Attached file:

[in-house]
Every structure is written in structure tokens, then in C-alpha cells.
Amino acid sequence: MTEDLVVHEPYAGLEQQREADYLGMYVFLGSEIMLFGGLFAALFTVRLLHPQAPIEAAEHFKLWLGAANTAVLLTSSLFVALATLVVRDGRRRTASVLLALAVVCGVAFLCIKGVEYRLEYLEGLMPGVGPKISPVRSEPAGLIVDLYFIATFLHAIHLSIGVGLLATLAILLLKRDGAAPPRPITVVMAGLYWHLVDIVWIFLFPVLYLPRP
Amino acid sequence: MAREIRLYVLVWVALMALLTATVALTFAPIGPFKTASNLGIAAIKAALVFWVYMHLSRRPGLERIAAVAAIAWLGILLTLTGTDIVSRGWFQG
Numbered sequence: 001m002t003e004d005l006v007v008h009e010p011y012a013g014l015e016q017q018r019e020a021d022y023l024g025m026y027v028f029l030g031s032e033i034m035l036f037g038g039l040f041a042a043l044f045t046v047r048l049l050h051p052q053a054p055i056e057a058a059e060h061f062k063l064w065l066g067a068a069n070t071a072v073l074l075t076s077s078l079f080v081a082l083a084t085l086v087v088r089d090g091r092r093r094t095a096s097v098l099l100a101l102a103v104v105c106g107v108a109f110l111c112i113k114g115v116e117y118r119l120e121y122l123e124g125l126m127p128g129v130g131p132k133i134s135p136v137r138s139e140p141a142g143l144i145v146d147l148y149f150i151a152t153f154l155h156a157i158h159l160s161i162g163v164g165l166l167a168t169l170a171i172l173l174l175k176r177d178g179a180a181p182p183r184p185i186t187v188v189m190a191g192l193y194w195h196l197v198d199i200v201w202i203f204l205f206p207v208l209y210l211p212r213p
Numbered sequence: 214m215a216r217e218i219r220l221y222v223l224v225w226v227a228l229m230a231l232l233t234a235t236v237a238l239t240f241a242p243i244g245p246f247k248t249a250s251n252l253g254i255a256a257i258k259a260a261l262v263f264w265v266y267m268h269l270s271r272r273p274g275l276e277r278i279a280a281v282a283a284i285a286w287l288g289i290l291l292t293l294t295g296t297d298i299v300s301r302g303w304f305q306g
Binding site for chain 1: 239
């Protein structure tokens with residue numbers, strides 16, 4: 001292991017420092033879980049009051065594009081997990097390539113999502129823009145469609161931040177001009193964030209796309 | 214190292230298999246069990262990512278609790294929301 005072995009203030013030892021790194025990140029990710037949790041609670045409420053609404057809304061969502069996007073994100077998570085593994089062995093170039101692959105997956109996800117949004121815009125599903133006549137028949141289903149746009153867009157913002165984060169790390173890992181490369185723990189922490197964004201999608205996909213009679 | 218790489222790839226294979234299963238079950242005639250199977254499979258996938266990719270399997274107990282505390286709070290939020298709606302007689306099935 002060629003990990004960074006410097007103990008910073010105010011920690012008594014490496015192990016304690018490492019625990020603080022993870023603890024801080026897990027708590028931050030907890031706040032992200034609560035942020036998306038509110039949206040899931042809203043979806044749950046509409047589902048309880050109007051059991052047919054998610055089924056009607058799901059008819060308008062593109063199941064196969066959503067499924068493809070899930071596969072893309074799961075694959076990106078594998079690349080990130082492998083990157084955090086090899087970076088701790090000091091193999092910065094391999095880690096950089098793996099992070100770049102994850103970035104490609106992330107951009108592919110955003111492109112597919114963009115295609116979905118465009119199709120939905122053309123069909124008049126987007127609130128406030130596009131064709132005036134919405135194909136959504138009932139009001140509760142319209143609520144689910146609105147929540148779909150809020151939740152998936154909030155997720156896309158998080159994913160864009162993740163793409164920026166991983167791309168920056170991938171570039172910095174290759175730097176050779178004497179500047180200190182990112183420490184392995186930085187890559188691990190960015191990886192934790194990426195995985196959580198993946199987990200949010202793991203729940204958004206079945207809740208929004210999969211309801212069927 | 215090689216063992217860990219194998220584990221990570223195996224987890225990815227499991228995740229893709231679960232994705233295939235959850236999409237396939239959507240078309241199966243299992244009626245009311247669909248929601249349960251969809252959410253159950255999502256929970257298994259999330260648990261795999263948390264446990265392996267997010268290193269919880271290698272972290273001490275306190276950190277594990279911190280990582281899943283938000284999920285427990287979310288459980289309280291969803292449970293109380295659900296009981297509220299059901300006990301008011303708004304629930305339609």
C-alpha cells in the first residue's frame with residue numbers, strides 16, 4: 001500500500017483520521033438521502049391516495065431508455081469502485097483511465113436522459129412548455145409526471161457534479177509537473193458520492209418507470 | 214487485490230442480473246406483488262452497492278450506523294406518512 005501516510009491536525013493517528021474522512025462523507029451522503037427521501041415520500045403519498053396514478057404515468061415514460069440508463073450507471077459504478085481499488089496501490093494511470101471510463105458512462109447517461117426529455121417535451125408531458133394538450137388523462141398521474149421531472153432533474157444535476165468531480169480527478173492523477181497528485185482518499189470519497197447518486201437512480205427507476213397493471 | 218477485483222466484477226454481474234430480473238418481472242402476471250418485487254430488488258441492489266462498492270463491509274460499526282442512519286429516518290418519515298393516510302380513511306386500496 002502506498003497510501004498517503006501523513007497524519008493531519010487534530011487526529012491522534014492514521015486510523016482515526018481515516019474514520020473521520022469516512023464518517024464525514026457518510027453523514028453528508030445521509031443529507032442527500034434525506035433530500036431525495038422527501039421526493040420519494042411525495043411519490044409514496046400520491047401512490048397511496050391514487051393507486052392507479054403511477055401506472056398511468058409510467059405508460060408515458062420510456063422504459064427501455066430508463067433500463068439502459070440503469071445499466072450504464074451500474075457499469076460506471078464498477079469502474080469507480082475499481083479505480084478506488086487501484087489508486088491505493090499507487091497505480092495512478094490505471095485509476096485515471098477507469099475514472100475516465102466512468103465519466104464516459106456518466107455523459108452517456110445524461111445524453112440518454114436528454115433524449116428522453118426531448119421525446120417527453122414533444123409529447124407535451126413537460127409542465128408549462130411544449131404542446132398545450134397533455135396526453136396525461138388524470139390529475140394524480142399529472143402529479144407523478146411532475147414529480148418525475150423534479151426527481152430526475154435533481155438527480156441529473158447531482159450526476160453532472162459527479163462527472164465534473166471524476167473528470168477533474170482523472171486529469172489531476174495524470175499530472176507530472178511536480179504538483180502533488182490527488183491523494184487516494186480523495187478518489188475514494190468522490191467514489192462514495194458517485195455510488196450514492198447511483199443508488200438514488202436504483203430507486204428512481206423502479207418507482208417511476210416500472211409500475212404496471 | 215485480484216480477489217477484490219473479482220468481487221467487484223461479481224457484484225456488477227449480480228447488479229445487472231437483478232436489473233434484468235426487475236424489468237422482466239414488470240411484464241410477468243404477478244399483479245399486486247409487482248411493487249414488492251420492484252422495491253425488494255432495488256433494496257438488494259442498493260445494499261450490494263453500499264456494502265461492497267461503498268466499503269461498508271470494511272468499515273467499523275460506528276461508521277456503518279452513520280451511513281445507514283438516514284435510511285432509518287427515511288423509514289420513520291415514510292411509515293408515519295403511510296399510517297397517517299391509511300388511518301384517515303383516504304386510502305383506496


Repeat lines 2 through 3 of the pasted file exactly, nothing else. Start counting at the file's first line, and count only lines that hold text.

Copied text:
Every structure is written in structure tokens, then in C-alpha cells.
Amino acid sequence: MTEDLVVHEPYAGLEQQREADYLGMYVFLGSEIMLFGGLFAALFTVRLLHPQAPIEAAEHFKLWLGAANTAVLLTSSLFVALATLVVRDGRRRTASVLLALAVVCGVAFLCIKGVEYRLEYLEGLMPGVGPKISPVRSEPAGLIVDLYFIATFLHAIHLSIGVGLLATLAILLLKRDGAAPPRPITVVMAGLYWHLVDIVWIFLFPVLYLPRP